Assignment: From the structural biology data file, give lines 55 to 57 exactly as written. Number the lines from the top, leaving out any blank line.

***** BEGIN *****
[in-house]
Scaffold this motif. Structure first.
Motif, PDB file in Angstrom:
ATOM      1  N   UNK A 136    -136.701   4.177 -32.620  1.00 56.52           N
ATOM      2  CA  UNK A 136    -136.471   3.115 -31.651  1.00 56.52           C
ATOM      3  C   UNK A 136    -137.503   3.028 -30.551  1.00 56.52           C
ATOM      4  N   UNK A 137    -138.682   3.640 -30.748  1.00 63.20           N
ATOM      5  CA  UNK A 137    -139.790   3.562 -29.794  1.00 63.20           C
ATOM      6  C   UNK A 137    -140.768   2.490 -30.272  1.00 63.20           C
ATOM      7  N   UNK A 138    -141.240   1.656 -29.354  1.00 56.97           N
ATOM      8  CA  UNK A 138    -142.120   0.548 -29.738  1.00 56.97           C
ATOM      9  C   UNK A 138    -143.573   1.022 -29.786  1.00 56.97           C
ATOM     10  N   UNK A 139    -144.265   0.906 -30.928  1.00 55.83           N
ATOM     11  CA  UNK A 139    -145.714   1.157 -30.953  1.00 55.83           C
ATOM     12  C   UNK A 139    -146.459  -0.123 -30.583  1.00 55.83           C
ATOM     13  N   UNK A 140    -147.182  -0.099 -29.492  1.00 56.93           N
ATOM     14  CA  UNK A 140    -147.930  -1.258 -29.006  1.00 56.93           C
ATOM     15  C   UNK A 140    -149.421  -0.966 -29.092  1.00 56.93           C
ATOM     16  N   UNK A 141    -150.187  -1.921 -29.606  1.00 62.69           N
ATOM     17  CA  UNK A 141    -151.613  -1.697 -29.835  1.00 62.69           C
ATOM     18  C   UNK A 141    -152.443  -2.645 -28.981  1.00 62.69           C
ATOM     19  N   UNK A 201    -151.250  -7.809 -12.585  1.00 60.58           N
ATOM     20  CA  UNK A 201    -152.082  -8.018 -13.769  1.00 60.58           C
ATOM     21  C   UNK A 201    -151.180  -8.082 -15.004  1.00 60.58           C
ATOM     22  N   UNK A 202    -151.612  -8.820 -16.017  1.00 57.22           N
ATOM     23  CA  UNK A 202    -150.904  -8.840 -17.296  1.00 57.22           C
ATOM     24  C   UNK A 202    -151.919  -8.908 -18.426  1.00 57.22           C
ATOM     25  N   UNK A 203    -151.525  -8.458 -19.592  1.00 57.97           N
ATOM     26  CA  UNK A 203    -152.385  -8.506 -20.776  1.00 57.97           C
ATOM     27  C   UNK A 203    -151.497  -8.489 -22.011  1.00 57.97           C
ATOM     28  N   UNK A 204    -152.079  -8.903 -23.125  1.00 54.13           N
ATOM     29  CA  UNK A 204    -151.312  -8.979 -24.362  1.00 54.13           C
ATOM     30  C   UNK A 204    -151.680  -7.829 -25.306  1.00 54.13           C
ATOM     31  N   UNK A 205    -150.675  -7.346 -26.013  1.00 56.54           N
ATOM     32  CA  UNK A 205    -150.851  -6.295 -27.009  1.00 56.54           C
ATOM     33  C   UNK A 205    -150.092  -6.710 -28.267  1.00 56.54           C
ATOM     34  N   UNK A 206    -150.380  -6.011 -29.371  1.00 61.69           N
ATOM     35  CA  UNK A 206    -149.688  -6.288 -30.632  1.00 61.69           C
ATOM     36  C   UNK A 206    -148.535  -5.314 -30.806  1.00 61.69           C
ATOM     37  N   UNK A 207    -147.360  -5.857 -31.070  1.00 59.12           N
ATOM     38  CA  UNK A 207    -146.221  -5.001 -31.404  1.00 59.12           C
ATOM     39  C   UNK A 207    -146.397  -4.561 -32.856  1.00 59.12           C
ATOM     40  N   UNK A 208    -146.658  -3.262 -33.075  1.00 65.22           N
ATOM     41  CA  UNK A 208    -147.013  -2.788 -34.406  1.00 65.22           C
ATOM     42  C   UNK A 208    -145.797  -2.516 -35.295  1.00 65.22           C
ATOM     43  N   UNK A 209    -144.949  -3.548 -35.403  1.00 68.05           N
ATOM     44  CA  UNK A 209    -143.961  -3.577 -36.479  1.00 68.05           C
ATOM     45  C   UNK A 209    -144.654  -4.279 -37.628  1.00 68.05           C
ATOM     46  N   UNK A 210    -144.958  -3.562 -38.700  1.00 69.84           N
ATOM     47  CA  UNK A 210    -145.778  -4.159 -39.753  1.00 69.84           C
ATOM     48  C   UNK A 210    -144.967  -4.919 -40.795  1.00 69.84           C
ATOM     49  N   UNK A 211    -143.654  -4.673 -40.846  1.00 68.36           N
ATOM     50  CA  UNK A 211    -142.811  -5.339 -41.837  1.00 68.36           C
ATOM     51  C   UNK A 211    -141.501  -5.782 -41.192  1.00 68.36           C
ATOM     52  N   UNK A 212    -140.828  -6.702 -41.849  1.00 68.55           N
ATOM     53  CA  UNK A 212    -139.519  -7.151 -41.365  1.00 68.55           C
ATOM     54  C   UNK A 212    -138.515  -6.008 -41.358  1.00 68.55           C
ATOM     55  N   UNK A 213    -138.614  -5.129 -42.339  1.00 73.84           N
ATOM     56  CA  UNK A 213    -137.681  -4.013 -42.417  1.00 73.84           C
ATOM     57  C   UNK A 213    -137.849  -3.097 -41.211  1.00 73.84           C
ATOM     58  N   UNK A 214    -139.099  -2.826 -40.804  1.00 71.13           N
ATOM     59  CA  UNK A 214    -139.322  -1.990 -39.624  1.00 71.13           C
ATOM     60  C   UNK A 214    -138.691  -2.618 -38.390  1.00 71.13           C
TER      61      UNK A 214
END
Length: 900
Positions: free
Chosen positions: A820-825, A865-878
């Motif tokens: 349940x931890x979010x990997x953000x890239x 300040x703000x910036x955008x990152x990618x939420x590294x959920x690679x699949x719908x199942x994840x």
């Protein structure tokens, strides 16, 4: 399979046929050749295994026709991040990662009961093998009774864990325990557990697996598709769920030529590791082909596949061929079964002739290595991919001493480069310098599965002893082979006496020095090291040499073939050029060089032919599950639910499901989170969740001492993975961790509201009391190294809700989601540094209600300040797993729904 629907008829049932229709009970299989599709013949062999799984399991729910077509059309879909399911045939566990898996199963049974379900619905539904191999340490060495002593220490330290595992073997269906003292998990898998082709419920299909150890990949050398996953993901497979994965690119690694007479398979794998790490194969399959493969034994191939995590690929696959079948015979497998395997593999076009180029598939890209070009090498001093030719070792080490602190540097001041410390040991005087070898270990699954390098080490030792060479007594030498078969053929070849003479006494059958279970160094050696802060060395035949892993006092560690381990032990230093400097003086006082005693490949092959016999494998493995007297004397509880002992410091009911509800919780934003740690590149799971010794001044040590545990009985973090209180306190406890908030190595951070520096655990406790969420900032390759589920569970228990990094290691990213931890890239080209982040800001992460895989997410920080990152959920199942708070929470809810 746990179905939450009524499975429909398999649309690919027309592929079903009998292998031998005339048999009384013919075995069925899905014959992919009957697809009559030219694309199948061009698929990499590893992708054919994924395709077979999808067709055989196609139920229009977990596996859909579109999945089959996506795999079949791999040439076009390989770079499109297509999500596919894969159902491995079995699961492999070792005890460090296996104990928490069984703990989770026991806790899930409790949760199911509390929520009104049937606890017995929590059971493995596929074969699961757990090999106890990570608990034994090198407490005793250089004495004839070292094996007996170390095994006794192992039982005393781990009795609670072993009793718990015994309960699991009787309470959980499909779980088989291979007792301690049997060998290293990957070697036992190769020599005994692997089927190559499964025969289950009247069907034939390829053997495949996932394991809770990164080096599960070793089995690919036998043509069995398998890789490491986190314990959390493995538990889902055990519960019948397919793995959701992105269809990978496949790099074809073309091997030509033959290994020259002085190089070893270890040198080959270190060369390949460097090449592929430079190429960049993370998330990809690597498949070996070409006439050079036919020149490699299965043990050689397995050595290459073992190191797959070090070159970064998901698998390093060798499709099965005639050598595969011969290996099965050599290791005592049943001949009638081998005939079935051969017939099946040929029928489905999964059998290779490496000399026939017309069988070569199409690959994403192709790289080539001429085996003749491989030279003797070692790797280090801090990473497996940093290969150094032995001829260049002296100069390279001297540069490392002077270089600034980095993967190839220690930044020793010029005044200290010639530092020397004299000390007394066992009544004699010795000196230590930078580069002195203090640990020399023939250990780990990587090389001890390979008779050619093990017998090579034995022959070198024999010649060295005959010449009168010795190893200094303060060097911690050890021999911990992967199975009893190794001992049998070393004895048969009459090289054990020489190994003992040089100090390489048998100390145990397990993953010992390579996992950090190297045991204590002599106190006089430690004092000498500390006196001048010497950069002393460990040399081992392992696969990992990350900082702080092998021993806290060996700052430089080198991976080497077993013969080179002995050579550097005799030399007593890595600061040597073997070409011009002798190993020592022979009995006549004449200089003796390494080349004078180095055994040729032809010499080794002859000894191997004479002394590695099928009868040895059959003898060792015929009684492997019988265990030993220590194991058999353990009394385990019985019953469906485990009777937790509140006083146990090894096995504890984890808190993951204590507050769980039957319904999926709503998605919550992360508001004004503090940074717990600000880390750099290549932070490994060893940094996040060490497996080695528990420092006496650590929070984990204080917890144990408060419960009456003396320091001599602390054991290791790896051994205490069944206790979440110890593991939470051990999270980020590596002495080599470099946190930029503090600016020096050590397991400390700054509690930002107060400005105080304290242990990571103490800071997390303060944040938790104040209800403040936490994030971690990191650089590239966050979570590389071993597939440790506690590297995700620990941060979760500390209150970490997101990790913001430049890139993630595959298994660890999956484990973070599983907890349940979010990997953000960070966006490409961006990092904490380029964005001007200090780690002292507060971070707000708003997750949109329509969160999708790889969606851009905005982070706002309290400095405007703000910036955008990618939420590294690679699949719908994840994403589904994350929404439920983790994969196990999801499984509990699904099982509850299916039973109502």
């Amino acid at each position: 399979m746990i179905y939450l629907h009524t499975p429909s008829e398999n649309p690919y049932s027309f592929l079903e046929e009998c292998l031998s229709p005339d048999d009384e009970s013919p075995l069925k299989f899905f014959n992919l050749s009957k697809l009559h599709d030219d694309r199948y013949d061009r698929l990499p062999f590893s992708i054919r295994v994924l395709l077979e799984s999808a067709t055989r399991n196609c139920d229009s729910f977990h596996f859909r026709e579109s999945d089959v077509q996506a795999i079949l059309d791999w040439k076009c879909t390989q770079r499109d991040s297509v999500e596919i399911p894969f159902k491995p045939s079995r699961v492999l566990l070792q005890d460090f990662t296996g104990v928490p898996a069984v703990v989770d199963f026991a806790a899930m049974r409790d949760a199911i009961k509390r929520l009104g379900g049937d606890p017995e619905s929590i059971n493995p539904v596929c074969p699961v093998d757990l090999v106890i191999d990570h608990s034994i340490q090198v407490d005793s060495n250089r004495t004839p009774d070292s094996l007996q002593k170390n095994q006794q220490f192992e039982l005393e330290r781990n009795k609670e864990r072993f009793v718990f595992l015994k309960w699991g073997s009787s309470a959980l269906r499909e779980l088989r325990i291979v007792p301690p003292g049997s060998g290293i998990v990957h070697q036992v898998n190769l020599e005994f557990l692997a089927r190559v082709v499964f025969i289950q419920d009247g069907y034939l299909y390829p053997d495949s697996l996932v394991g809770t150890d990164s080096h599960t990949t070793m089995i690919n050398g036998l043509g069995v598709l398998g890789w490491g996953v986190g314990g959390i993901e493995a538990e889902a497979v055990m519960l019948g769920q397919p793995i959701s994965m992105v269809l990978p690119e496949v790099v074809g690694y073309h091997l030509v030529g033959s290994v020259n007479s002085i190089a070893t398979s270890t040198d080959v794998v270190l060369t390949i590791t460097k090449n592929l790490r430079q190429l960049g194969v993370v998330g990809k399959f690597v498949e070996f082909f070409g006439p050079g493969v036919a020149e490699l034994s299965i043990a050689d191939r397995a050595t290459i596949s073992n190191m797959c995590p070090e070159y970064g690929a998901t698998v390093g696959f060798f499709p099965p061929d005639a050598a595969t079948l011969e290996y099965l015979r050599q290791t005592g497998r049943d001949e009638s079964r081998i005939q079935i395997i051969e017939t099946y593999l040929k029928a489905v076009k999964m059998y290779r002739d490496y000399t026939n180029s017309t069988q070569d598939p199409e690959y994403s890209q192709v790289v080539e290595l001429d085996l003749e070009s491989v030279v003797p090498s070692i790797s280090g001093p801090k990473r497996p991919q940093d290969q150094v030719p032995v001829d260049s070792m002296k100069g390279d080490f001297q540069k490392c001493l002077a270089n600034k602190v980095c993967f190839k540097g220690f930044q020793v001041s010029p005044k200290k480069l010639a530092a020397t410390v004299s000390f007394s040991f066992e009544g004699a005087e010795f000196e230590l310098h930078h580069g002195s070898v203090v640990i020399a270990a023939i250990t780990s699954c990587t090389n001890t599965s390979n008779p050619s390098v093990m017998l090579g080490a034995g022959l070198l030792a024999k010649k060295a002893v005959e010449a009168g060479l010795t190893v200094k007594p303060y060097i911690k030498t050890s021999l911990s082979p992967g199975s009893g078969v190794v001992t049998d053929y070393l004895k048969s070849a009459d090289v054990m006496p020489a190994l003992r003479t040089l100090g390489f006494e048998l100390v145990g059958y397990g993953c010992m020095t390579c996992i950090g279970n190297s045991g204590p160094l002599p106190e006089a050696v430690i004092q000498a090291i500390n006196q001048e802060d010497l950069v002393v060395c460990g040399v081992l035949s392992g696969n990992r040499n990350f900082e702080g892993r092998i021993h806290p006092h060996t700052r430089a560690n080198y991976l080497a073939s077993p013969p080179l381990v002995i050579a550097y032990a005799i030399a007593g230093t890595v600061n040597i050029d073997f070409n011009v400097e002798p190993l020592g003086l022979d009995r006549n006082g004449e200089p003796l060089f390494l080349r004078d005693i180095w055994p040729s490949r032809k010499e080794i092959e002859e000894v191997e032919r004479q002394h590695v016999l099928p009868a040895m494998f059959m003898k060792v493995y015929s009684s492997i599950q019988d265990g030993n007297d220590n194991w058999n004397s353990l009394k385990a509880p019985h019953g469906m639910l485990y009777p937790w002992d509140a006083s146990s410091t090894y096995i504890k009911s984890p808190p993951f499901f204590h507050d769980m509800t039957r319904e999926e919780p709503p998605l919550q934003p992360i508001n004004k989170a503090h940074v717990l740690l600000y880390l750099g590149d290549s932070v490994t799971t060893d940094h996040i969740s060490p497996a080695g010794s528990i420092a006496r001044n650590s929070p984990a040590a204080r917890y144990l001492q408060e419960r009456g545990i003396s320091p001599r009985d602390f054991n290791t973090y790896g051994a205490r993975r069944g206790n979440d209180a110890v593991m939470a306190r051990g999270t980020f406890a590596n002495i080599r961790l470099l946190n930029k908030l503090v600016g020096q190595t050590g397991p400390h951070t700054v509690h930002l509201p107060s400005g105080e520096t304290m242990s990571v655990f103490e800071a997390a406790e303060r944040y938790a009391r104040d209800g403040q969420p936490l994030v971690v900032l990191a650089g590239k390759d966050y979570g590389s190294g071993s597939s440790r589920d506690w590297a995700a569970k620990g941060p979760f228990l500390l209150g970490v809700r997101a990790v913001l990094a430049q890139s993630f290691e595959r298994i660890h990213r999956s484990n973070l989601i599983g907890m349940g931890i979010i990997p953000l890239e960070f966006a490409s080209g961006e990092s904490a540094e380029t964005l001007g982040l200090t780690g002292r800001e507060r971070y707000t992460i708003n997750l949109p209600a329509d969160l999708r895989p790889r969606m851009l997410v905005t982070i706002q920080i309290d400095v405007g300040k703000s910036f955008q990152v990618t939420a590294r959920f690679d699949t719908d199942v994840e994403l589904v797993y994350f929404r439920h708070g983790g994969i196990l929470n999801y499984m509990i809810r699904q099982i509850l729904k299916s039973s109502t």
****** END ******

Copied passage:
ATOM     52  N   UNK A 212    -140.828  -6.702 -41.849  1.00 68.55           N
ATOM     53  CA  UNK A 212    -139.519  -7.151 -41.365  1.00 68.55           C
ATOM     54  C   UNK A 212    -138.515  -6.008 -41.358  1.00 68.55           C